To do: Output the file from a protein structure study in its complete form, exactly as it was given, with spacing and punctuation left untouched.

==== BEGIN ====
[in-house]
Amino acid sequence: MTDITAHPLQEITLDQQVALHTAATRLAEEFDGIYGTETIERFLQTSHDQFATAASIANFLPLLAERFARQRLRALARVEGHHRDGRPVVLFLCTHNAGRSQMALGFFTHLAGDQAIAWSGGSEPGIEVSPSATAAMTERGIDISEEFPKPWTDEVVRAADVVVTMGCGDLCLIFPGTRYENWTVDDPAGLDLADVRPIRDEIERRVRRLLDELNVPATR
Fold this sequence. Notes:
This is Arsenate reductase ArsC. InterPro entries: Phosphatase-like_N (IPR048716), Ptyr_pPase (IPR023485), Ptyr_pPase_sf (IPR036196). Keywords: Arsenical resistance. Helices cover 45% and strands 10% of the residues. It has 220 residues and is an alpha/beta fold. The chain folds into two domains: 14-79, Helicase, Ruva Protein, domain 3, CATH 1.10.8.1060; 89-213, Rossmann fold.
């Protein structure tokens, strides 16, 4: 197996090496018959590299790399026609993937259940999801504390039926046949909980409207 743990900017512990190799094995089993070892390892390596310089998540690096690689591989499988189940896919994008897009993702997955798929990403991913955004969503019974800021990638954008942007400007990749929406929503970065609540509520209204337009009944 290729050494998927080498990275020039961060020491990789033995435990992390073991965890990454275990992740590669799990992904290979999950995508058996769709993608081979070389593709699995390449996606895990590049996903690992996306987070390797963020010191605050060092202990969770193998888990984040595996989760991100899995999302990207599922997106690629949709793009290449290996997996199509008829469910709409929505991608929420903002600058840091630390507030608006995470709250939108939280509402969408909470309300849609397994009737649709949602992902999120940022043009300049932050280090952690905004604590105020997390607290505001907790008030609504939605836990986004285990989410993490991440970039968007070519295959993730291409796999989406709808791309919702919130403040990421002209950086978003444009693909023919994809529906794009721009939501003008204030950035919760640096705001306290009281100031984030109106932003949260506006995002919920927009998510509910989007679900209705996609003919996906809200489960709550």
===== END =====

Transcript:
[in-house]
Amino acid sequence: MTDITAHPLQEITLDQQVALHTAATRLAEEFDGIYGTETIERFLQTSHDQFATAASIANFLPLLAERFARQRLRALARVEGHHRDGRPVVLFLCTHNAGRSQMALGFFTHLAGDQAIAWSGGSEPGIEVSPSATAAMTERGIDISEEFPKPWTDEVVRAADVVVTMGCGDLCLIFPGTRYENWTVDDPAGLDLADVRPIRDEIERRVRRLLDELNVPATR
Fold this sequence. Notes:
This is Arsenate reductase ArsC. InterPro entries: Phosphatase-like_N (IPR048716), Ptyr_pPase (IPR023485), Ptyr_pPase_sf (IPR036196). Keywords: Arsenical resistance. Helices cover 45% and strands 10% of the residues. It has 220 residues and is an alpha/beta fold. The chain folds into two domains: 14-79, Helicase, Ruva Protein, domain 3, CATH 1.10.8.1060; 89-213, Rossmann fold.
């Protein structure tokens, strides 16, 4: 197996090496018959590299790399026609993937259940999801504390039926046949909980409207 743990900017512990190799094995089993070892390892390596310089998540690096690689591989499988189940896919994008897009993702997955798929990403991913955004969503019974800021990638954008942007400007990749929406929503970065609540509520209204337009009944 290729050494998927080498990275020039961060020491990789033995435990992390073991965890990454275990992740590669799990992904290979999950995508058996769709993608081979070389593709699995390449996606895990590049996903690992996306987070390797963020010191605050060092202990969770193998888990984040595996989760991100899995999302990207599922997106690629949709793009290449290996997996199509008829469910709409929505991608929420903002600058840091630390507030608006995470709250939108939280509402969408909470309300849609397994009737649709949602992902999120940022043009300049932050280090952690905004604590105020997390607290505001907790008030609504939605836990986004285990989410993490991440970039968007070519295959993730291409796999989406709808791309919702919130403040990421002209950086978003444009693909023919994809529906794009721009939501003008204030950035919760640096705001306290009281100031984030109106932003949260506006995002919920927009998510509910989007679900209705996609003919996906809200489960709550």